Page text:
Like the rat, Les is greedy, secretive and lives in a dirty nest filled with castoffs, although Les makes his home in New York City rather than on a farm in Maine. He's also a bottom feeder, although not a particularly successful one. His claim to fame in the paparazzi world is that he once snapped a photograph of Elvis Costello without his hat on.
He and his brethren are staking out a restaurant where a pop star named K'Harma Leeds (Alison Lohman) is lunching, when a homeless young man named Toby Grace (Michael Pitt) wanders by and offers to bring him coffee.
Down on his luck and chilled to the bone, Toby wants a free cup of coffee, but he's not looking to scam Les. Actually, Toby's soon practicing his sales pitch; he'd like to be the paparazzo's assistant. For free.
The two men begin an awkward friendship, motivated in Les' case by loneliness and his pleasure in feeling important for once. Toby's motivations are less obvious. Naturally, he'd like a warm place to sleep. But he's also got ambition; he wants to be an actor. Les' proximity to fame, however grasping and peripheral, is intriguing to a naive boy who previously resided in a dumpster.
"Delirious" was written and directed by Tom DiCillio, a filmmaker whose career seemed poised to take off after his well-received 1995 Hollywood spoof "Living in Oblivion" (also starring Buscemi), but it never quite found its wings. His career path -- only three movies since "Oblivion" -- may not have been glorious, but it has given him a razor-sharp eye for the business of celebrity.
Navel-gazing on this topic tends to be fairly hollow (Buscemi's recent directorial effort, "Interview," comes to mind). And as the gap narrows between the traditional "star" system and the simply infamous, even a good satire runs the risk of being mistaken for reality programming.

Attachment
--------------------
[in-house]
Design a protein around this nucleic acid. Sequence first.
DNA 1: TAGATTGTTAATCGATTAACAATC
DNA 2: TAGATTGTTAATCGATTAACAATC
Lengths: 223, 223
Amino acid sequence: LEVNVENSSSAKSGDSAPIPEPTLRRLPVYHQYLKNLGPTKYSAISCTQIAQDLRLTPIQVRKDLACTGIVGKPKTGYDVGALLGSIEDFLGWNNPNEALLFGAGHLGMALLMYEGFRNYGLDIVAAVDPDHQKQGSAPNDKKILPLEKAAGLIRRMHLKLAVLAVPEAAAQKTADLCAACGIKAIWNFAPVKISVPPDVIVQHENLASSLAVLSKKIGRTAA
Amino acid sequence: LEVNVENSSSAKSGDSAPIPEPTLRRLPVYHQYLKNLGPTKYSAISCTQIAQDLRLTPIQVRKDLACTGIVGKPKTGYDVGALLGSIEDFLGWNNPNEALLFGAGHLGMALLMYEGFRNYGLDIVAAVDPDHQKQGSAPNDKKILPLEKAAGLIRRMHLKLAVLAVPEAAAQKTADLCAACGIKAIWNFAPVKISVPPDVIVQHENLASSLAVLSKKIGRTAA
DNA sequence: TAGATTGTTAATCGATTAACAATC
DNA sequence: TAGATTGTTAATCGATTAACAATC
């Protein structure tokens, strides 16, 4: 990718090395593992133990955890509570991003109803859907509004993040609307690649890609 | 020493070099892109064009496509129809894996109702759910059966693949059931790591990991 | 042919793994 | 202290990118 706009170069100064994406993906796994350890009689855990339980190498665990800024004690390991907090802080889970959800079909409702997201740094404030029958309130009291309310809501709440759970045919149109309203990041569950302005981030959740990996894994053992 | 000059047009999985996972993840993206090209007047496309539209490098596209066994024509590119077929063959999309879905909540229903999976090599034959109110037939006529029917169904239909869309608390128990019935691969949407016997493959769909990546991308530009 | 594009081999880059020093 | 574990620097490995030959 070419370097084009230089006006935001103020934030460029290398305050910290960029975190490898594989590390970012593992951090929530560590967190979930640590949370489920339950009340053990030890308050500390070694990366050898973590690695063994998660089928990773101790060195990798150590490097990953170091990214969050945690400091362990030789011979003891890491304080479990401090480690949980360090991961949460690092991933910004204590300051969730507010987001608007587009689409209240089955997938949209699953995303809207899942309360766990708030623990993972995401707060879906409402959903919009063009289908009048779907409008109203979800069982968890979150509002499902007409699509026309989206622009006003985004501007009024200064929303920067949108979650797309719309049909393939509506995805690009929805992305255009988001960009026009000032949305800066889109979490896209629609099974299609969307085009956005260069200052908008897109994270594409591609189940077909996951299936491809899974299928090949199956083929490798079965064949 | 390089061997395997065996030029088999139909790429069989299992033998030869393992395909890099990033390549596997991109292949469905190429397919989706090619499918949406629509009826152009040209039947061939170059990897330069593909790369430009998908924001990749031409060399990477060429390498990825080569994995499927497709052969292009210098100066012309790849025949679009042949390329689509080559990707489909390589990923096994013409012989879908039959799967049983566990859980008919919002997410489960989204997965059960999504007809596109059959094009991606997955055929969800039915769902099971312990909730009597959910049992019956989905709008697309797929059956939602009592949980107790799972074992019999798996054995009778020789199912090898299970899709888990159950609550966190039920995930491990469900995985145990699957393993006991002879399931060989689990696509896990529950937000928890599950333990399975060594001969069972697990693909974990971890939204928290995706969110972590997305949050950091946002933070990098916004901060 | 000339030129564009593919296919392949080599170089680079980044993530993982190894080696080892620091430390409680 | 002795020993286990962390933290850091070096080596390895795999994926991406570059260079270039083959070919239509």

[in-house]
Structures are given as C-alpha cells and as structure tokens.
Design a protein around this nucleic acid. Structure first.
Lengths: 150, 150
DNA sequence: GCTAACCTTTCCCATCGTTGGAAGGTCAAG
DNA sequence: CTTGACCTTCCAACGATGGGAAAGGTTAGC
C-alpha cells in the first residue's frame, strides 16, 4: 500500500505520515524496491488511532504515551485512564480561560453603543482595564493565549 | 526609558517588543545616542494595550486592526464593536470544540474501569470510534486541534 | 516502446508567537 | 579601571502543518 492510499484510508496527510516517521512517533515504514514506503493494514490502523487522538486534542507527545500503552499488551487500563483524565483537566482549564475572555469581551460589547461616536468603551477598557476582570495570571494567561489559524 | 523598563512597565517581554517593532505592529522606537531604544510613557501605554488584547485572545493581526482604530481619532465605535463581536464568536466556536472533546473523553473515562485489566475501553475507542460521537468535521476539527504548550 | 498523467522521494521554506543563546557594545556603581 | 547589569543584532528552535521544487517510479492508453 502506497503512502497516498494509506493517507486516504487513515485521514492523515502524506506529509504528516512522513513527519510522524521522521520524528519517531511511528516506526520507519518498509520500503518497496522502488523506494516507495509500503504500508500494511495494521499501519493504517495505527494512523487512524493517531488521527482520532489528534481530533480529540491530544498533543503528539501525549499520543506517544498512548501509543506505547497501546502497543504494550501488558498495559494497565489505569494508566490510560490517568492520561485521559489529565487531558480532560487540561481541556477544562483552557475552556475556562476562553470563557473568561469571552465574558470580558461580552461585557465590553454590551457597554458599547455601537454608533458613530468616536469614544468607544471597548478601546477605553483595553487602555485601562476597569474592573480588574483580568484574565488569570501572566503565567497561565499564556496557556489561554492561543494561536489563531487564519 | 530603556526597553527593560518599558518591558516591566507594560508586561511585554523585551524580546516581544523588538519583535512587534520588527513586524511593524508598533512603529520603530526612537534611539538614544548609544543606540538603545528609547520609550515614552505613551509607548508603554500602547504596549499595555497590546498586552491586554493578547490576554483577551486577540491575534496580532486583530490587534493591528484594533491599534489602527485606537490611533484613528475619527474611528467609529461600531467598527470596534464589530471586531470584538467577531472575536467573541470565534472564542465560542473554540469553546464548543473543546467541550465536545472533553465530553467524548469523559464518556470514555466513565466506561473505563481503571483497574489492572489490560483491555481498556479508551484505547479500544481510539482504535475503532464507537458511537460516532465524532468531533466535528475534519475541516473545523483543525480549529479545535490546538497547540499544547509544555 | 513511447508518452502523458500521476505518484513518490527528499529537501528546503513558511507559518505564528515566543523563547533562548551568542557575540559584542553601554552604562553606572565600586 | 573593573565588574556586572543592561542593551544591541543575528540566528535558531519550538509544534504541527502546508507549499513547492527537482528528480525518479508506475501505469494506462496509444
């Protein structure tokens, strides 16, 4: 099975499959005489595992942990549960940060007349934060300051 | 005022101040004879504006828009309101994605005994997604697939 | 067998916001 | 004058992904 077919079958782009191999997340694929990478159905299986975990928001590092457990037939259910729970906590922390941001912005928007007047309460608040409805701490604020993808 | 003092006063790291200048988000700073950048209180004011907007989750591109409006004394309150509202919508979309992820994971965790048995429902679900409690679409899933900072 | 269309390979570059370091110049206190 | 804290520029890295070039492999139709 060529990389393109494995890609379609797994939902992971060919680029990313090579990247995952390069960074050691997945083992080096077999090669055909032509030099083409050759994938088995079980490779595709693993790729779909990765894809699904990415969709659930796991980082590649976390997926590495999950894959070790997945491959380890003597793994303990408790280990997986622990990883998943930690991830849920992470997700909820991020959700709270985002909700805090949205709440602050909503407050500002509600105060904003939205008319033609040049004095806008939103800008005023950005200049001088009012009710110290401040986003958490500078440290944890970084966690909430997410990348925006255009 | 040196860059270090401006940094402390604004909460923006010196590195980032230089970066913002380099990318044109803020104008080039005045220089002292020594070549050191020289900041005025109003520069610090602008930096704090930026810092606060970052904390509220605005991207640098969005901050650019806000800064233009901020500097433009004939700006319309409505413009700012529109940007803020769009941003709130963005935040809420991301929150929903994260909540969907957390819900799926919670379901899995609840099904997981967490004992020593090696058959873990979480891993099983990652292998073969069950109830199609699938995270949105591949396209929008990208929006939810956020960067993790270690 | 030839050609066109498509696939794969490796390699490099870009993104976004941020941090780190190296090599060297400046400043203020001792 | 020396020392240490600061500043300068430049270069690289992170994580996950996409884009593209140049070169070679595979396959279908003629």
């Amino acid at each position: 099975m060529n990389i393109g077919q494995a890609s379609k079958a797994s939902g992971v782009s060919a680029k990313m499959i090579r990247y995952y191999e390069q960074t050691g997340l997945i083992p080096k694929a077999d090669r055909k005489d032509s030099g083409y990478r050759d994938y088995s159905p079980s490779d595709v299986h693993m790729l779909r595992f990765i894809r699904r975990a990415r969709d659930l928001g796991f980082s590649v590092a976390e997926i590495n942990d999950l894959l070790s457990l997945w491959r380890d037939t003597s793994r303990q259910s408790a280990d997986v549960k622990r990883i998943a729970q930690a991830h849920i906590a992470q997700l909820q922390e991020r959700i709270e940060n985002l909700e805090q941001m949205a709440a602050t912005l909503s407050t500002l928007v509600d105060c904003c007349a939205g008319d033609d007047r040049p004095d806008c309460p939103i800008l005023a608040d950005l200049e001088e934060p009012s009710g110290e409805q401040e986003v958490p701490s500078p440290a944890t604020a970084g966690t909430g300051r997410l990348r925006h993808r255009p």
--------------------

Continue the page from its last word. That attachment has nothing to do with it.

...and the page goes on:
But DiCillo actually does have something new to offer on the topic of fame. He's exploring that increasingly nebulous territory between our disgust with and curiosity about celebrity. The very concept of celebrity enrages Les; he lives to bring them down. Yet, he's dazzled. When Toby, whose star rises as randomly as that of, say, "The Hill's" Lauren Conrad, invites him to a party K'Harma is throwing, Les is absolutely paralyzed with excitement.
Meanwhile, Toby is innocent and pure at heart enough to be able to see K'Harma as the real girl that she is. She may look like a Britney Spears type, strutting around in just a bra, but she's a nice girl, a romantic who is willing to date a homeless boy.
Pitt got his start, improbably, on TV's "Dawson's Creek," then took off his clothes for Bertolucci's "The Dreamers" and later channeled Kurt Cobain in Gus Van Sant's "Last Days." He tends to captivate through an unsettling weirdness; you never really figure out who or what he is, but you can't stop trying.
As Toby, he emits a glow that seems almost divine. This boy has to become a star. In making us root for Toby and his fairy-tale ending, DiCillo succeeds in reminding us of what true star power is. Ultimately, he's far more gentle on celestial beings than we might expect from such a clever satirist, and I found myself torn over whether the ending was a cop-out or an affirmation. But the movie is a provocative little pleasure, and the gleefully vile Buscemi and dreamy-eyed Pitt make a fine 21st-century odd couple.
Reach Mary Pols at firstname.lastname@example.org.
Starring: Steve Buscemi, Michael Pitt, Alison Lohman, Gina Gershon
Director: Tom DiCillo
Opens today: Shattuck, Berkeley; Lumiere, S.F.
Running time: 1 hour, 40 minutes